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Office of the Press Secretary

For Immediate Release June 30, 1994




Fifty years ago, on July 21, 1944, after two and a half years of occupation, 55,000 United States Marines and soldiers stormed the small Pacific Island of Guam in an effort to bring about the liberation of a people oppressed by tyranny.

The conquest of Guam by Imperial Japanese forces had begun shortly after the attack on Pearl Harbor when Saipan-based Japanese bombers launched the first in a series of raids on the island. The small defending force consisted of a handful of military and civilian construction workers, as well as the local Guam Insular Guard and the Guam Militia. Hopes of defending the island ended in the early morning hours of December 10, 1941, when the island's governor surrendered his post and the island, thus making Guam the only American community to be occupied during World War II.

The Chamorros, the indigenous people of Guam, endured great hardships during the occupation as their captors forced them to work long hours in the fields, repair or build airfields and defense installations, and dig hundreds of Japanese shelter caves. But liberation was close at hand. Guam offered an ideal strategic position for the Allied forces, as it would provide a centralized location between the Japanese homeland and the Philippine Islands to launch long-range bomber attacks. By taking the Marianas Islands back, we would also be able to sever vital enemy supply lines, thus cutting off thousands of enemy soldiers and ending their effectiveness in the war.

The battle for Guam was fierce. Enemy forces continued to launch counterattacks despite their lack of supplies or hope of winning. But the Americans were just as determined and went to great lengths to complete their mission.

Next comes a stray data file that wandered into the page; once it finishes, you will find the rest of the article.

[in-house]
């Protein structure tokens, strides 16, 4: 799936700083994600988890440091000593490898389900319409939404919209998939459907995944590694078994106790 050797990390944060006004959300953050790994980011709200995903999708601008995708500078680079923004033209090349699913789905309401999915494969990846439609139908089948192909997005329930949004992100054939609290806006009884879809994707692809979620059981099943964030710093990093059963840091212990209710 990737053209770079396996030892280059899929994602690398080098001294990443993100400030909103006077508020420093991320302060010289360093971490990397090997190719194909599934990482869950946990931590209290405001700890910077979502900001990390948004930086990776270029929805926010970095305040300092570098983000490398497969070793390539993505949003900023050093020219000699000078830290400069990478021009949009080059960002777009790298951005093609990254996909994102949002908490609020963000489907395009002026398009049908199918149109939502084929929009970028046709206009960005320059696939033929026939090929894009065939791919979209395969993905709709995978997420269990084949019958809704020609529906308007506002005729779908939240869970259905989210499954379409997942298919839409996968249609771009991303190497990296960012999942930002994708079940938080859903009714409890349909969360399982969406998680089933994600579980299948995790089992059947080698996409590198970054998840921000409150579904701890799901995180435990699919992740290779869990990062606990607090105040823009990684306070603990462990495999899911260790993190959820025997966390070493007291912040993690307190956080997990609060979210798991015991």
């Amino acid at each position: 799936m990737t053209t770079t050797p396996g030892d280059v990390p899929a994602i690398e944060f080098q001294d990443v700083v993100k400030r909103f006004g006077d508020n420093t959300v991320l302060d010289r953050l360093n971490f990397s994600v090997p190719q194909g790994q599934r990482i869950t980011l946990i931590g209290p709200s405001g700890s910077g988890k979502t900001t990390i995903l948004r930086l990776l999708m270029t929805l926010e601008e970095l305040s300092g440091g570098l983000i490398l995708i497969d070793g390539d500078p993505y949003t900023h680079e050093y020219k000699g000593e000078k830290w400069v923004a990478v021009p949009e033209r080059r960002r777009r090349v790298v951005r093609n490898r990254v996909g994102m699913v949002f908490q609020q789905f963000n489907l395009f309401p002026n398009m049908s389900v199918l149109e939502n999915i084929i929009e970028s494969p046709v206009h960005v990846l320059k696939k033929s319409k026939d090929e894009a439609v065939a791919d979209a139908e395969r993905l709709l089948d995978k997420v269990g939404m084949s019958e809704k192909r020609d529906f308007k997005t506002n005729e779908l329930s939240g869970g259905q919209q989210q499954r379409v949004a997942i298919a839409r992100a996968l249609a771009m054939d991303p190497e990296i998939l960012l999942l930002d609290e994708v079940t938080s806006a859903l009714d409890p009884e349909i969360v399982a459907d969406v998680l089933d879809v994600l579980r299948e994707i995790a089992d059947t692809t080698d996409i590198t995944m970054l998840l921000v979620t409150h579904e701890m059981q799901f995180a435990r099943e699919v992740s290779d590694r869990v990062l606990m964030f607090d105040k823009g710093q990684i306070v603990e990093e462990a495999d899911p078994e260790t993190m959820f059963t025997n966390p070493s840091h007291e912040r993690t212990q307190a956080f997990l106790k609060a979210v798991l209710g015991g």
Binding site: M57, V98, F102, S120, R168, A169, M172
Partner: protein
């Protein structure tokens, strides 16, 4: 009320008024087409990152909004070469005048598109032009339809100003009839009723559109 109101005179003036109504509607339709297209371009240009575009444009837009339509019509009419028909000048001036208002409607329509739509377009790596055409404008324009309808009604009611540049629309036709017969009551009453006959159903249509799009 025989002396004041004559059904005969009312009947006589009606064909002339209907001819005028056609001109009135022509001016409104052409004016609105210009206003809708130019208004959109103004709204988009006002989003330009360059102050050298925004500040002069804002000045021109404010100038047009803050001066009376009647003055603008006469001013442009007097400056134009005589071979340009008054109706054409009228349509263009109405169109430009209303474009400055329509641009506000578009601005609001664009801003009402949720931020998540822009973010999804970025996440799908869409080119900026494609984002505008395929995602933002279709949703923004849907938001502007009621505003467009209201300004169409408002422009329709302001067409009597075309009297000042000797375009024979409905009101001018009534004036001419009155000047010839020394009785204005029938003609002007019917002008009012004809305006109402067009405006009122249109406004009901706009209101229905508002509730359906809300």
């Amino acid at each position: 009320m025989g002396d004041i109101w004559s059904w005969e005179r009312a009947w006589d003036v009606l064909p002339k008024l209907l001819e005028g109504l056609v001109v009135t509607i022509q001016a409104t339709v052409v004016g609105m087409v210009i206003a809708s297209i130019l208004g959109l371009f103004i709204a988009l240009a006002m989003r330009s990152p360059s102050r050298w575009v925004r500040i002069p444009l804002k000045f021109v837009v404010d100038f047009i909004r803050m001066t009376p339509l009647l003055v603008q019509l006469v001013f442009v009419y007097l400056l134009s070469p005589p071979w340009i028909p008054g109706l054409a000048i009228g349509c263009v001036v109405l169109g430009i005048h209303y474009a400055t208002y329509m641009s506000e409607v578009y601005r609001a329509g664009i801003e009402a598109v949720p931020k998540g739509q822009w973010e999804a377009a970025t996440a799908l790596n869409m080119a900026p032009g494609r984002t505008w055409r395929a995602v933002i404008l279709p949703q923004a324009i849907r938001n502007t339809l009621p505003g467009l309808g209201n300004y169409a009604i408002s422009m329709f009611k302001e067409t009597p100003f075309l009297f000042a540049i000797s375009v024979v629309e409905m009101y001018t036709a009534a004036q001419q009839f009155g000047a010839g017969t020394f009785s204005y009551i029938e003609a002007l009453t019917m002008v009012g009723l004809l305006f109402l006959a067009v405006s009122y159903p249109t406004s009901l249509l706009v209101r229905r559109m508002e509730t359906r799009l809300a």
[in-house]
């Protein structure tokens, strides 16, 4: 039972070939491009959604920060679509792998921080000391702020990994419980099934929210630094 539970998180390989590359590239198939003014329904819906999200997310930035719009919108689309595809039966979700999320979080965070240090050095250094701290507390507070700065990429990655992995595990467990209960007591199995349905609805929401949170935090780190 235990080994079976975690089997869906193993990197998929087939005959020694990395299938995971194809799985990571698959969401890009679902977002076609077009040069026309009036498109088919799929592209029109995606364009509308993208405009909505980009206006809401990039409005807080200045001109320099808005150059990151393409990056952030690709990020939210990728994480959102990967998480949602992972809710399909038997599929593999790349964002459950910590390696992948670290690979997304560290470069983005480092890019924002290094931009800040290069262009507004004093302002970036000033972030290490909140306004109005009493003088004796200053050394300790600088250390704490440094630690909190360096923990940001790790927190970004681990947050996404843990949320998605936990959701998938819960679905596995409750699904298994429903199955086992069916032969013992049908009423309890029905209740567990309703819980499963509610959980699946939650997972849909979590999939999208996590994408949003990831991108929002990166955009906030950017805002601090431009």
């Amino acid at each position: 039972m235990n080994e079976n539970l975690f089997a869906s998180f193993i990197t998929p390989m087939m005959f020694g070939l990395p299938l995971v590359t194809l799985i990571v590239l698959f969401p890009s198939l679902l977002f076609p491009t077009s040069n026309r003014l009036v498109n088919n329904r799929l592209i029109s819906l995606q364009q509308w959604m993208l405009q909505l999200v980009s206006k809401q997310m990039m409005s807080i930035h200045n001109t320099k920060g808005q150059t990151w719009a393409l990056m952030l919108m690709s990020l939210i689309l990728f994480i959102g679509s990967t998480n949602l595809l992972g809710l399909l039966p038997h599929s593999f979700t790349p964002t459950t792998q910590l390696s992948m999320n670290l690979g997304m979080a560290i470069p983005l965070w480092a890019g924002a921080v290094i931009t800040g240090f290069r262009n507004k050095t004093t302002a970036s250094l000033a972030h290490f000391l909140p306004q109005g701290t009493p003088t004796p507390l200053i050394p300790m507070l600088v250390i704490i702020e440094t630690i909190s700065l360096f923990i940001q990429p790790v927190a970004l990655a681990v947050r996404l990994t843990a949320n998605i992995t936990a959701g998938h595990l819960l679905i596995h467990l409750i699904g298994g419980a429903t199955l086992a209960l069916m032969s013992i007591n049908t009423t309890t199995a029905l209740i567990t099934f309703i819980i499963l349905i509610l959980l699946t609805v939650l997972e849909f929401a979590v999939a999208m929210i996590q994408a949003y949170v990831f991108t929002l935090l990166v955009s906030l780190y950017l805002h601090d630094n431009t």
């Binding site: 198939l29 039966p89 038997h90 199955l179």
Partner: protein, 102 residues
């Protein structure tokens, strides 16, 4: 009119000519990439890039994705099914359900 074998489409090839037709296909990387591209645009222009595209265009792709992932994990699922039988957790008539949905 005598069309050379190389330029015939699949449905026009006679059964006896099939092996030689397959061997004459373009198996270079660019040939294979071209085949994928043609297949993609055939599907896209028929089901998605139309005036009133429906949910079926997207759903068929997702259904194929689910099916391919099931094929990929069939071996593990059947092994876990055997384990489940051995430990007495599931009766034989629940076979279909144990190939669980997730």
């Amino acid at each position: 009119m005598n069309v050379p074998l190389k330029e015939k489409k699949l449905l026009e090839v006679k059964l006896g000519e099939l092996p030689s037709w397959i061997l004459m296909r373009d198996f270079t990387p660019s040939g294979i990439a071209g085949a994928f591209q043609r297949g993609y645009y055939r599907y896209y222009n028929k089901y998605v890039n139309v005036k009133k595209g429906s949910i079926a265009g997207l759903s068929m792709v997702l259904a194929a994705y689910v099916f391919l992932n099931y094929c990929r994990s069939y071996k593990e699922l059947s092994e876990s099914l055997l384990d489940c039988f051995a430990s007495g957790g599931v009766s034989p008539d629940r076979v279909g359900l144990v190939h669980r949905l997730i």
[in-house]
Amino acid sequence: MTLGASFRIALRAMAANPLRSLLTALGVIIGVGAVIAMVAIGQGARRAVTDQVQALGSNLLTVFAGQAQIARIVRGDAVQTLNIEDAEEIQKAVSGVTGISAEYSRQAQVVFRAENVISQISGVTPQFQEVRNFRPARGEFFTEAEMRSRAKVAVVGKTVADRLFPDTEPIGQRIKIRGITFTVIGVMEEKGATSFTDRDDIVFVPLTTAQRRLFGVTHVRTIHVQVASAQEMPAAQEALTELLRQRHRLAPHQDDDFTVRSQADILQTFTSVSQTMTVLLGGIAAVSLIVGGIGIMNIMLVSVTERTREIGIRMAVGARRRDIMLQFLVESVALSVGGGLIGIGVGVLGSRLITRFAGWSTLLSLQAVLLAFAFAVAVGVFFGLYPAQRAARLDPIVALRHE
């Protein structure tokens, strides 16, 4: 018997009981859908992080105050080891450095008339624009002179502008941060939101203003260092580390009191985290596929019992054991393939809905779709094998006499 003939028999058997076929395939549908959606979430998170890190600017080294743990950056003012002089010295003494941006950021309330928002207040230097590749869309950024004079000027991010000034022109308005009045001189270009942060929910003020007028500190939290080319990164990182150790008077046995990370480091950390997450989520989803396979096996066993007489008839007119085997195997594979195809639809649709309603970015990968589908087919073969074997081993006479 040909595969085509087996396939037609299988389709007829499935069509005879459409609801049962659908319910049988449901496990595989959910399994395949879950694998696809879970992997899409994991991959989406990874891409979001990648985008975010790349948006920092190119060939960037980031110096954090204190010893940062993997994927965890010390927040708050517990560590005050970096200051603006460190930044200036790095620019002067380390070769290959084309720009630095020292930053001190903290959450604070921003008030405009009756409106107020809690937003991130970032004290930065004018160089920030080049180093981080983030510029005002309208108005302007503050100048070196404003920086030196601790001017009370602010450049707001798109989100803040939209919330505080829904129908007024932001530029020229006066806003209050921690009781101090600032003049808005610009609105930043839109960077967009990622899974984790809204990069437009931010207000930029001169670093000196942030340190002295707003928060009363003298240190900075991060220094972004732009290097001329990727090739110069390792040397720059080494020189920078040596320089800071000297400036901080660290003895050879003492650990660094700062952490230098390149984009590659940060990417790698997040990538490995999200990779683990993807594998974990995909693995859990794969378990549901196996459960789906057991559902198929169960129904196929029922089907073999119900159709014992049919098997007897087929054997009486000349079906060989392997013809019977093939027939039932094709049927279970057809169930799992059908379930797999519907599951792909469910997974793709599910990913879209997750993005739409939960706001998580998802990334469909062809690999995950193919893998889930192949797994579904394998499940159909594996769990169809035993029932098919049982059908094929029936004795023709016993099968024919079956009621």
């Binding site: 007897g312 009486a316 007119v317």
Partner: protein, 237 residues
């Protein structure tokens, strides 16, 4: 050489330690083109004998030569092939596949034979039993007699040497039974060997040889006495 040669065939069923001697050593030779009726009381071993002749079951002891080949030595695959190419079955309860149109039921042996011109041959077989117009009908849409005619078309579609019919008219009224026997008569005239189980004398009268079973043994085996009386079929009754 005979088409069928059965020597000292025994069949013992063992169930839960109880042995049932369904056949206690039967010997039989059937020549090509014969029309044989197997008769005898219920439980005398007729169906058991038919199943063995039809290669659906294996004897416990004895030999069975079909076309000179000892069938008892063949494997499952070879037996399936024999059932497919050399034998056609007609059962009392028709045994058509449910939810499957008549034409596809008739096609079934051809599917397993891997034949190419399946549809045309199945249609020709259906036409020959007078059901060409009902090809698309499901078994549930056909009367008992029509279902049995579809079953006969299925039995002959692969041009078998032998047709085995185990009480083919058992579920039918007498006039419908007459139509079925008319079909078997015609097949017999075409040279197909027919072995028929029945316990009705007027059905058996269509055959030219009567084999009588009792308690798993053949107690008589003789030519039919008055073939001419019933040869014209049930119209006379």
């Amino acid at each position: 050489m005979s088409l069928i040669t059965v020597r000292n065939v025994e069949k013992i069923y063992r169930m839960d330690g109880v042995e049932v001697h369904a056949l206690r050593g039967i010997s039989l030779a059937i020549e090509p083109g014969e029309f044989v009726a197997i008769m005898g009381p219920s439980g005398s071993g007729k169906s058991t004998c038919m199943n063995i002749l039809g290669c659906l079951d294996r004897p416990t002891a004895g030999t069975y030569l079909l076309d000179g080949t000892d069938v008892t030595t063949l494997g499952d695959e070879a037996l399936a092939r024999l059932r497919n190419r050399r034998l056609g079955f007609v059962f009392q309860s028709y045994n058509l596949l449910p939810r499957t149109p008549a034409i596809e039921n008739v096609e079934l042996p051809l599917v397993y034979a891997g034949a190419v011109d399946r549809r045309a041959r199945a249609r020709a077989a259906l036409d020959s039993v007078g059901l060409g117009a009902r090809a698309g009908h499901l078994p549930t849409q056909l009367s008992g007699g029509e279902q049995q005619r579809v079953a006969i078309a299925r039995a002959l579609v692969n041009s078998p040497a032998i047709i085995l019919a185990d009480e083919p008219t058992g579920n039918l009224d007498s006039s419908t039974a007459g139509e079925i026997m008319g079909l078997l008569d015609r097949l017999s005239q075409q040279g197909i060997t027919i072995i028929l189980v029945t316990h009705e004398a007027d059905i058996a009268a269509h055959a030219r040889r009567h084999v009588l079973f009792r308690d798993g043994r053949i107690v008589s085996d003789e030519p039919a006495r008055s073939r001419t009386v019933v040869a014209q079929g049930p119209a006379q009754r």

Chief of Staff General Dwight D. Eisenhower stated it best when he said:

            "In a nation at war, teamwork by the whole people is 
            necessary for victory.  But the issue is decided on 
            the battlefield, toward which all national effort 
            leads.  The country's fate lies in the hands of its 
            soldier citizens; in the clash of battle is found the 
            final test of plans, training, equipment, and -- above 
            all -- the fighting spirit of units and individuals."
       And it was the spirit of the Americans fighting on Guam 

that brought a quick end to organized resistance on the island as it was secured by the American forces on August 10, 1944.

NOW, THEREFORE, I, WILLIAM J. CLINTON, President of the United States of America, by virtue of the authority vested in me by the Constitution and laws of the United States, do hereby proclaim July 21, 1994, as the "50th Anniversary of the Liberation of Guam." I call upon all Americans to observe this day with appropriate programs and activities.

IN WITNESS WHEREOF, I have hereunto set my hand this thirtieth day of June, in the year of our Lord nineteen hundred and ninety-four, and of the Independence of the United States of America the two hundred and eighteenth.


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